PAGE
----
The Road To The Beach Is Lined With Antiques


August 25, 1991|By Scott Ponemone

For me, a trip to the beach is an excuse for antiquing. I mean the sun, sand and surf are great, and the seafood is sublime, but think for a minute about all those antique shops along the U.S. 50 corridor on the Eastern Shore.

Now that Labor Day weekend is fast approaching, the crowds at the ocean will soon be dispersing. The midday sun will be gentler, but the ocean will be slow to lose its summer warmth.

So as a public service to every beach lover-cum-collector who looks foward to Ocean City's second season, I made a two-day survey of antique shops in the U.S. 50 corridor. My visit to 30 establishments represents what a dedicated antiquer can accomplish coming and going to the beach.

Beside the shops right on U.S. 50, I made sidetrips to Centreville, to St. Michaels and Oxford, and to Pokomoke City and Princess Anne. Unfortunately, I was unable to get to Caroline County (with stops in Denton, Federalsburg and Preston). These I'll include next year.

As one would expect, the Shore hosts the gamut of collecting possibilities in a variety of venues.

The phenomenon of antique malls has taken hold, especially in Queenstown and Easton. In general, dealers rent mall booths by the month; sales are transacted at the front desk; dickering is discouraged; and an "All Sales are Final" sign is displayed. The merchandise in these multidealer shops tends to be newer and smaller (less furniture) than in single-owner shops.

The chief exception is the Chesapeake Antique Center, where ** U.S. 301 splits from U.S. 50 just south of Queenstown. Stephen )) Leocha and Kathleen Witte opened this mall in March after recruiting dealers at antique shows or by visiting their shops. Mr. Leocha says he requires dealers to stand behind the descriptions on the price tags. The center has 35 dealers and expects to grow to about 60 dealers spread over 9,000 square feet.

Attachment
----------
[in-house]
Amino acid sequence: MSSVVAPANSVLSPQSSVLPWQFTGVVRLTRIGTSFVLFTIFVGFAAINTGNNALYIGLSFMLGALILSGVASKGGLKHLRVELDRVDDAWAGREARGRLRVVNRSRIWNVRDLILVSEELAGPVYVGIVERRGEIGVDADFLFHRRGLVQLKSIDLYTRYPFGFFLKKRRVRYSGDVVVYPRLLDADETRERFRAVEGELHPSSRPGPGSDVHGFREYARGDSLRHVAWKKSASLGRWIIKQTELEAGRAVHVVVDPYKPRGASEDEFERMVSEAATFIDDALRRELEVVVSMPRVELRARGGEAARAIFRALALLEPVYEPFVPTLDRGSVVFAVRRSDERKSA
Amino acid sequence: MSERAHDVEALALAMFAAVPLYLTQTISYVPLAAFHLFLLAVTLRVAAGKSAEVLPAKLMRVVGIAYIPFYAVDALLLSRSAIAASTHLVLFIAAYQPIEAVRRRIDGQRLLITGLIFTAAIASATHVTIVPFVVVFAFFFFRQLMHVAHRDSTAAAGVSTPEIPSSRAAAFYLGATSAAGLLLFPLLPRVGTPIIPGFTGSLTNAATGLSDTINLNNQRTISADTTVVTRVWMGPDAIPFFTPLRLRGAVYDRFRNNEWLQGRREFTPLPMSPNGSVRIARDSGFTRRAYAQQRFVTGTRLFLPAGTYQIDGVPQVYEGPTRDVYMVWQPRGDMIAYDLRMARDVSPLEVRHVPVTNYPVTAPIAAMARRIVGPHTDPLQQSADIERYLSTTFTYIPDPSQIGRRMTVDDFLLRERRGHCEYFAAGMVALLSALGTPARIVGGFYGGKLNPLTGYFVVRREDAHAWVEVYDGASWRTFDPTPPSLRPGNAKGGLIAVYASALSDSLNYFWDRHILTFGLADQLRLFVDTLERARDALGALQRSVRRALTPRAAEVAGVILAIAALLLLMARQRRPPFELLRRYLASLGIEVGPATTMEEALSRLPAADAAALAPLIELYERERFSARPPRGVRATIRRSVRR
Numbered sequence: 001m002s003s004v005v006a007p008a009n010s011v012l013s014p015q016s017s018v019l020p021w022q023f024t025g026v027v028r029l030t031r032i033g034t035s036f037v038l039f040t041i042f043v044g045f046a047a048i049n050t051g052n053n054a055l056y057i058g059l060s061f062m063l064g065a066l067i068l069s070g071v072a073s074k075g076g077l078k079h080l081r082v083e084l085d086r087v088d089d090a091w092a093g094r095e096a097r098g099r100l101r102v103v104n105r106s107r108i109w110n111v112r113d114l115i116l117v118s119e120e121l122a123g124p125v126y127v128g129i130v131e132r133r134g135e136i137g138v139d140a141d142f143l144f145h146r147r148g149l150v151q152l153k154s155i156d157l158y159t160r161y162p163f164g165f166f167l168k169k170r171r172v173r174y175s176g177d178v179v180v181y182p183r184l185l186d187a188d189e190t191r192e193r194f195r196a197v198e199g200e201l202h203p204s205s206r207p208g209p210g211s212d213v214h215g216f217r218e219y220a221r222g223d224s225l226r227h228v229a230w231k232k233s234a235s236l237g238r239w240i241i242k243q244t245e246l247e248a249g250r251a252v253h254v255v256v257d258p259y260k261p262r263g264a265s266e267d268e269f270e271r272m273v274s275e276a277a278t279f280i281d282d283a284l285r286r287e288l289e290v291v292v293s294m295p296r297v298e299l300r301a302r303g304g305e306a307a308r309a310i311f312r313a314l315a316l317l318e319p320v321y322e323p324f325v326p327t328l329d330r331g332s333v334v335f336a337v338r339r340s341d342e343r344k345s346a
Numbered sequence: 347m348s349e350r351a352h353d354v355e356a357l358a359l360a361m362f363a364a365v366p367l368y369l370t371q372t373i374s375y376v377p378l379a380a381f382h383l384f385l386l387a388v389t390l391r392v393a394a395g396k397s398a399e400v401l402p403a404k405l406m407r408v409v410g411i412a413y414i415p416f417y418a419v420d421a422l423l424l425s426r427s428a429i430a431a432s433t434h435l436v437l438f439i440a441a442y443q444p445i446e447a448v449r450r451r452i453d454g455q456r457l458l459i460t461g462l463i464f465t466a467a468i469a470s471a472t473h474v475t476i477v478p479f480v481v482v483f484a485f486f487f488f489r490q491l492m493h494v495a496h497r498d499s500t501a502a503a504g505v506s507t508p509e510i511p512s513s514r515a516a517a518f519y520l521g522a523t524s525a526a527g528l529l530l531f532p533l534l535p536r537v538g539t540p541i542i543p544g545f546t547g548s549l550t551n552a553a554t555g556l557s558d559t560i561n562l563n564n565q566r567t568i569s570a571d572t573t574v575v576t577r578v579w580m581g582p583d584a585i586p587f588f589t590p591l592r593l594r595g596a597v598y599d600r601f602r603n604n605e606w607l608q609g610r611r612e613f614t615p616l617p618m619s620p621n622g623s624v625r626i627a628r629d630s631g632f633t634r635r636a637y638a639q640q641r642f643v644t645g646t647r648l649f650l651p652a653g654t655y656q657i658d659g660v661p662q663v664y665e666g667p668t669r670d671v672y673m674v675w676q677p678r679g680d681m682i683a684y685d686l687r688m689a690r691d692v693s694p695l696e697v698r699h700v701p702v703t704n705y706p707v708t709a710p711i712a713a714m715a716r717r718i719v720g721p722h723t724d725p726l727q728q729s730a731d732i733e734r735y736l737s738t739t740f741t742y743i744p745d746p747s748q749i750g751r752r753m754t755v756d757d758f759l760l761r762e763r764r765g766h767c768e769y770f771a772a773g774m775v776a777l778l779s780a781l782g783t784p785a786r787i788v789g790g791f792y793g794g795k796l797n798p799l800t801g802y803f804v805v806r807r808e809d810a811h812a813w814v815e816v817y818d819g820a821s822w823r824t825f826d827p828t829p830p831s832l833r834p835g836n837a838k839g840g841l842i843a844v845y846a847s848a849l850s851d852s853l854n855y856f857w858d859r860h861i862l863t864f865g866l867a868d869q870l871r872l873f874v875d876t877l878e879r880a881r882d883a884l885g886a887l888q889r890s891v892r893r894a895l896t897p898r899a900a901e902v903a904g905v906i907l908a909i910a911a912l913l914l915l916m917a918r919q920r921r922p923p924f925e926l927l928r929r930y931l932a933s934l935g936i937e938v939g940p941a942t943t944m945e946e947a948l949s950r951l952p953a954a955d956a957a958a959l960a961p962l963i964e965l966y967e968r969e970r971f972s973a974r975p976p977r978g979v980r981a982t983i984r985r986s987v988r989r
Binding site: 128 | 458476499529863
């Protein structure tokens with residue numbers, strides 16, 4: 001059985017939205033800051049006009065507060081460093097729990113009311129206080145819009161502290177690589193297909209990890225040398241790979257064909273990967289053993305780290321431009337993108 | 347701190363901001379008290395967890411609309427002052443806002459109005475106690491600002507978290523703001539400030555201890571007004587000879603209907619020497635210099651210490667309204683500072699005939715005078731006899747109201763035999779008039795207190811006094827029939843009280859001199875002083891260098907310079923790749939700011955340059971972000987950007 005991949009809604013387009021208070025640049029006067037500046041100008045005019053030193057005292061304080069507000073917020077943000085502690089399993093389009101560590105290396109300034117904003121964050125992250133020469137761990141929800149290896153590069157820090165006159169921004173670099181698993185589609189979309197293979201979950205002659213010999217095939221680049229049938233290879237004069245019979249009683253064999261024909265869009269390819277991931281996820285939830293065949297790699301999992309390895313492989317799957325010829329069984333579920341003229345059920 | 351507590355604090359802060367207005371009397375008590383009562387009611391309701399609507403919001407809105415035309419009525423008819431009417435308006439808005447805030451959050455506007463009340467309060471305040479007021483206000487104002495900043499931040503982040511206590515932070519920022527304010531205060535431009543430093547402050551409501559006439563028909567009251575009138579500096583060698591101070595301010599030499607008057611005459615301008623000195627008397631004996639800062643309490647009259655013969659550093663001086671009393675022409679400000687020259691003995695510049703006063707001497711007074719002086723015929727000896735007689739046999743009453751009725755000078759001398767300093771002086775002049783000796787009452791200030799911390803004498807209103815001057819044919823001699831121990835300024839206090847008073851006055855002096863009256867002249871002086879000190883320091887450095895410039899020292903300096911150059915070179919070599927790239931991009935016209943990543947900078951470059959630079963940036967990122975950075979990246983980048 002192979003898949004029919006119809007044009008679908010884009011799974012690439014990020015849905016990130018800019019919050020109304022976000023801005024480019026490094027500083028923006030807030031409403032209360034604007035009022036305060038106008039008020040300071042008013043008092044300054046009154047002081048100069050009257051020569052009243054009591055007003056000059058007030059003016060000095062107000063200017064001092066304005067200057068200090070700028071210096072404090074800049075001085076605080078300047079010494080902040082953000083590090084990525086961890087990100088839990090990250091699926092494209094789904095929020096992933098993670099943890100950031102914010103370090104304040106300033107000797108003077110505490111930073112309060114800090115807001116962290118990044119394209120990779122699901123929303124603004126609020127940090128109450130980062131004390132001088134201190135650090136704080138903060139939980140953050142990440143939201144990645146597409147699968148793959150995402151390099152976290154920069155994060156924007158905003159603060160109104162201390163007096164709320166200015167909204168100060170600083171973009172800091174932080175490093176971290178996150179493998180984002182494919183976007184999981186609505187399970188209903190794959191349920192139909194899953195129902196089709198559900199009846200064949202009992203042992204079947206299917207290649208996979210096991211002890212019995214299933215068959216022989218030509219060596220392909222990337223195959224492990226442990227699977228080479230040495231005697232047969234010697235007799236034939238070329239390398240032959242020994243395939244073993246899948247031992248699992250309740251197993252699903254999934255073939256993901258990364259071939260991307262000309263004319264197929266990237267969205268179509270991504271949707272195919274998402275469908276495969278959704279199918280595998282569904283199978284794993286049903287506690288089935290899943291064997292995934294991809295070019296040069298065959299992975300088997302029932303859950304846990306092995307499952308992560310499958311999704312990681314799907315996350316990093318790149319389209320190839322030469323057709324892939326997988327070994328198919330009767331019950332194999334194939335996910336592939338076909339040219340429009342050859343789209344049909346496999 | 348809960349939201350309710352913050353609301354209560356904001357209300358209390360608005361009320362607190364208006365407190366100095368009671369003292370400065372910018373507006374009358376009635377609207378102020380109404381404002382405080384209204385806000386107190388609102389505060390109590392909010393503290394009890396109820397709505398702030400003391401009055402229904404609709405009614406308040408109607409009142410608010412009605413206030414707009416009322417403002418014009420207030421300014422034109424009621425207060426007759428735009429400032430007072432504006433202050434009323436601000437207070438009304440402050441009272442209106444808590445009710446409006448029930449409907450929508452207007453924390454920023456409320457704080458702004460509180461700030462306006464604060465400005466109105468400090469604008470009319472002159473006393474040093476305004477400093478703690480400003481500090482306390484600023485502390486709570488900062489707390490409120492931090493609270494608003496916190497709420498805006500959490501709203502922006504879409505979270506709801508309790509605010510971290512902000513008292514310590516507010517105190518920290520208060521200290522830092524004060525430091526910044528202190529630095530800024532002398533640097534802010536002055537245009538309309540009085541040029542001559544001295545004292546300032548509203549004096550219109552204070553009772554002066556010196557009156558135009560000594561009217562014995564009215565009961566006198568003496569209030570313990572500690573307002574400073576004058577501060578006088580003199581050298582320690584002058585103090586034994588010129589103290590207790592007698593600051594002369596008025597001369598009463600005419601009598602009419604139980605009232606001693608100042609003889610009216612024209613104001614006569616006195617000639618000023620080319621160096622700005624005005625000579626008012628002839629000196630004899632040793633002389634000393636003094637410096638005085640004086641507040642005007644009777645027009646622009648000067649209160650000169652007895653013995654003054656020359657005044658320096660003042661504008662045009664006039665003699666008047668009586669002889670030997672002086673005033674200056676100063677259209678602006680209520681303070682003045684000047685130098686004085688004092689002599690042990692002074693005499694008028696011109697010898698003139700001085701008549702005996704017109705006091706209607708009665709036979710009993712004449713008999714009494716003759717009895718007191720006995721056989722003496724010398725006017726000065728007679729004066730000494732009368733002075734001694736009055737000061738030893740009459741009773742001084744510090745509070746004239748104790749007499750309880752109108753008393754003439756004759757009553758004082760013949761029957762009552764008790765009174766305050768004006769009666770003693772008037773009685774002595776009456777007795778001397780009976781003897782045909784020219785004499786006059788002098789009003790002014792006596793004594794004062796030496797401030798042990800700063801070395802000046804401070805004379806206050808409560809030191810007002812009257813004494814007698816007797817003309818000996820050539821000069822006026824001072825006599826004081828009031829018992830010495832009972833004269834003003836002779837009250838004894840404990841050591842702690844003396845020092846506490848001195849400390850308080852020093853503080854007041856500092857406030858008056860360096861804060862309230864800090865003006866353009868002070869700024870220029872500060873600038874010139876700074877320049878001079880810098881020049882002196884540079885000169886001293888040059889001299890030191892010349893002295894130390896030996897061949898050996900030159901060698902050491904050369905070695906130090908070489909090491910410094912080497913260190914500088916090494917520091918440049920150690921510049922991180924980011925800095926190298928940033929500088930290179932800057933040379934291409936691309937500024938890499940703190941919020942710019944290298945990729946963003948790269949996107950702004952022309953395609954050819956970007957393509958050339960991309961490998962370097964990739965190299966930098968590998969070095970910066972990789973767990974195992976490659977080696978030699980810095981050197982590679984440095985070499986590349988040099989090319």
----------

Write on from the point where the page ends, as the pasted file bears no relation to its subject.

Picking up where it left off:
The quality control shows. Currently the mall's strength is 19th century American furniture, while new booths feature historical prints and '50s decor.

I did have some questions for Mr. Leocha about changes I suspected were made to some pieces of furniture. In one case we agreed that casters were added to a small table, but disagreed on the originality of a door to a washstand. Later Mr. Leocha said he spoke to the dealer about the matter but the dealer insisted the center panel of the door had not been reversed or replaced.

This illustrates the problems in trying to buy from absentee dealers. There's no one-on-one contact, no exchange of knowledge and little or no bargaining.

Fortunately, single-owner businesses haven't vanished. I know of two that are in their second generation of ownership. And they couldn't be more different.

One, Gary Young Antiques, in a 1835 townhouse in Centreville, glows in the rich browns of English and Irish period furniture. Mr. Young said his father started the business in Kansas City 20 years ago, moving to the Shore 11 years ago. He exhibits at all 10 of what he says are the nation's major antique shows. His prices reflect his high standing in the trade.

The other, at the little crossroads of Royal Oak southeast of St. Michaels, has been run by the Kilmon family for 20 years. The merchandise at Oak Creek Sales spills out onto the front porch of one building and stands sentry in front of the garage across the street. The furniture is largely reproduction, and the smalls fit comfortably within the description of junk. But this place has a sense of fun, of treasures just around the corner if you can only find them.

Two generations of the Upham family have side-by-side businesses in Mardela Springs, on U.S. 50 between Vienna and Salisbury. Charles and Irene Upham have run C.U. Antiques for 19 years. Their daughter, Charlene, set up shop next door. Both specialize in dolls and toys. The parents lean toward cast-iron toys, the daughter to tin, papier mache and lithograph-on-wood toys.

Specialties distinquish several shops. Sentimental Journey Antiques, both in St. Michaels and Preston, boasts the nation's largest stock of oyster plates. Diane Richardson, clerk in the St. Michaels shop, says prices range from $75 to $650.

Americana Antiques in Oxford, meantime, claims to have the largest stock of carousel animals in the East. These playful critters regularly outprice the stylish early American furniture that otherwise would distinguish the shop. I was startled that a repainted turn-of-the-century rabbit would be tagged $42,000. Owner Emmy Donohue says she has sold a few animals for over $100,000.

Jim Dawson's Unicorn Bookshop in Trappe, on U.S. 50 between Easton and Cambridge, has a room devoted to rare books. He says, "I've been told I have the best [selection of] Maryland history in the state." His books are as cheap as a nickel, as expensive as $2,000, as early as the 16th century and as recent as last year.

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